Tatiana Ginsberg, “I Fear We Must Go”

Title page with embedded thread and stenciled pulp

“Bowers” print with text page (“I fear we have shipped up — a close shave”)

Title page next to first text page. “Evans” print is visible below text page.

Four of the lithographs together. Pages are not bound so they may be viewed as a whole if desired.

“Scott” lithograph with text page on top. The text pages use fragments from Scott’s last letters, in his handwriting.


Tatiana Ginsberg (South Hadley, MA)

I Fear We Must Go
Two-color lithographs on handmade cotton paper, pulp-stenciled text on handmade kozo/gampi, embedded thread, inkjet print in enclosure.
Edition of 12
12 pages
22 x 14 x 1 open
11 x 14 x 1 closed

I think of myself as collaborating with materials. Making my own paper is the foundation from which most of my work grows, allowing me to embed ideas and marks from the beginning. In the past few years, I’ve come back to drawing, though often in indirect ways, such as drawing shadows on limestone for lithographs. Printmaking, in the widest sense, has, since college, shaped the way I construct images. I build in layers, considering recto and verso, tactility and structure. As often as not, print finds its way into installations, artist’s books, or whatever I make.

I Fear We Must Go was inspired by the British Antarctic Expedition of 1910–13 and the five men, led by Robert Falcon Scott, who trekked to the South Pole but perished on the return trip. Their lives and deaths have cast long shadows. The rock specimens they collected contained fossilized plants, such as Glossopteris indica, which not only indicated that the frozen land once supported plant life but also provided proof that Antarctica was once joined to Australia, South America, Africa, and other landmasses in a single supercontinent, Gondwana.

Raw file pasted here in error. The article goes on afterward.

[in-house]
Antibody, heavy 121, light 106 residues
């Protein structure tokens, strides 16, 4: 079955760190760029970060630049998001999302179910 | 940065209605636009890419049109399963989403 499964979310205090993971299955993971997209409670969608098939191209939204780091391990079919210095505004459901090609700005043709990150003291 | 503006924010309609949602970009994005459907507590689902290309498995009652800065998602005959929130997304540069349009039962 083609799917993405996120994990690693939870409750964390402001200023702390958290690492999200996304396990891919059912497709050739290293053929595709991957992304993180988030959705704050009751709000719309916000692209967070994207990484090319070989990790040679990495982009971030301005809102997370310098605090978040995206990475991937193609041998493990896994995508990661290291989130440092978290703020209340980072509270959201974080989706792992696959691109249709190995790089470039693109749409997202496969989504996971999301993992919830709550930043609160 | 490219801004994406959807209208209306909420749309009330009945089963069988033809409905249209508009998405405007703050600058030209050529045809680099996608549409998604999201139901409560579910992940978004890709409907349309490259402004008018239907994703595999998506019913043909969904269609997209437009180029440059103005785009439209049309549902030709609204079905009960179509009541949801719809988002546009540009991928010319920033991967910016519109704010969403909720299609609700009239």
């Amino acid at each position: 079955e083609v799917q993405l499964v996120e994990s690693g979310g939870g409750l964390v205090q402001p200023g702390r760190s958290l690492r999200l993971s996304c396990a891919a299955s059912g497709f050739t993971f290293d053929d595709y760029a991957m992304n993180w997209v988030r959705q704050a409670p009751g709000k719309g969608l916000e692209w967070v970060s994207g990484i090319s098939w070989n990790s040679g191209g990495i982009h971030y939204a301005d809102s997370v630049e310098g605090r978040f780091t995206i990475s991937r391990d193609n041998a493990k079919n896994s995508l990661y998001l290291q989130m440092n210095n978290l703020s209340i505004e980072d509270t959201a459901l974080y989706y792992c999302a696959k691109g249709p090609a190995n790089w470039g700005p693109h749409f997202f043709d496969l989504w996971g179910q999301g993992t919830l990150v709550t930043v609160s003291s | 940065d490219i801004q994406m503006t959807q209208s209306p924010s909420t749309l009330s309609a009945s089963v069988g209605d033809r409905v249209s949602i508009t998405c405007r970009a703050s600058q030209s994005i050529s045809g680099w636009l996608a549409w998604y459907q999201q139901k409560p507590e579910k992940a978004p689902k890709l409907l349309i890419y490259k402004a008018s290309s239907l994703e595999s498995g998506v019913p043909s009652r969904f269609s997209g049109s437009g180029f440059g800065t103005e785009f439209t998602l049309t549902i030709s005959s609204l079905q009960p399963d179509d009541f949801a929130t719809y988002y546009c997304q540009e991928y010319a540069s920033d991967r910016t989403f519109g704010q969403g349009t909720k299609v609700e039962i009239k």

This project follows an installation of the same name that consisted of large drawings based on the shadows of decaying leaves. The drawings were arranged around a map of the journey to the South Pole. In this artist’s book the same method was used, but instead of drawing on paper the drawings were done on limestone and printed as lithographs. The resulting two-color images, one for each of the five men, are printed on handmade cotton paper. The translucent interleaving text sheets, a mixture of kozo and gampi, are pulp-stenciled with phrases taken from the last letters Scott wrote.